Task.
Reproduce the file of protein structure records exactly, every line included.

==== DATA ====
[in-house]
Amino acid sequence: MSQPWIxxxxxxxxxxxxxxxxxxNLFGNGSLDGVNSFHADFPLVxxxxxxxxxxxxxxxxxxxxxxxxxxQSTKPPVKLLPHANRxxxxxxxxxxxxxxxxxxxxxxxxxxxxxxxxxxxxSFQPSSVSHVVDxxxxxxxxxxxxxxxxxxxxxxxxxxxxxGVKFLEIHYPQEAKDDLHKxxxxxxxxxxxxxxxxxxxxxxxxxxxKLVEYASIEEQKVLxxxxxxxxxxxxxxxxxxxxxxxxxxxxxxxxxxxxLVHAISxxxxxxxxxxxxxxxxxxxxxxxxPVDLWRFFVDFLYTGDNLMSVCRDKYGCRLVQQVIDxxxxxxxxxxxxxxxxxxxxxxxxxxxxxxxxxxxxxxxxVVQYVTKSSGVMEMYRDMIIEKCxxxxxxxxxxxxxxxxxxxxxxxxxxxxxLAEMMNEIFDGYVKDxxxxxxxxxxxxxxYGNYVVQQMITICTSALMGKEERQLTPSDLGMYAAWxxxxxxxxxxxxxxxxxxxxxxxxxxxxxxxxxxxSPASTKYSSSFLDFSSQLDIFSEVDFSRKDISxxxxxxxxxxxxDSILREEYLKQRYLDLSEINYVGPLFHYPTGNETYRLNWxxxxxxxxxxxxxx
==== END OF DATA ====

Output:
[in-house]
Amino acid sequence: MSQPWIxxxxxxxxxxxxxxxxxxNLFGNGSLDGVNSFHADFPLVxxxxxxxxxxxxxxxxxxxxxxxxxxQSTKPPVKLLPHANRxxxxxxxxxxxxxxxxxxxxxxxxxxxxxxxxxxxxSFQPSSVSHVVDxxxxxxxxxxxxxxxxxxxxxxxxxxxxxGVKFLEIHYPQEAKDDLHKxxxxxxxxxxxxxxxxxxxxxxxxxxxKLVEYASIEEQKVLxxxxxxxxxxxxxxxxxxxxxxxxxxxxxxxxxxxxLVHAISxxxxxxxxxxxxxxxxxxxxxxxxPVDLWRFFVDFLYTGDNLMSVCRDKYGCRLVQQVIDxxxxxxxxxxxxxxxxxxxxxxxxxxxxxxxxxxxxxxxxVVQYVTKSSGVMEMYRDMIIEKCxxxxxxxxxxxxxxxxxxxxxxxxxxxxxLAEMMNEIFDGYVKDxxxxxxxxxxxxxxYGNYVVQQMITICTSALMGKEERQLTPSDLGMYAAWxxxxxxxxxxxxxxxxxxxxxxxxxxxxxxxxxxxSPASTKYSSSFLDFSSQLDIFSEVDFSRKDISxxxxxxxxxxxxDSILREEYLKQRYLDLSEINYVGPLFHYPTGNETYRLNWxxxxxxxxxxxxxx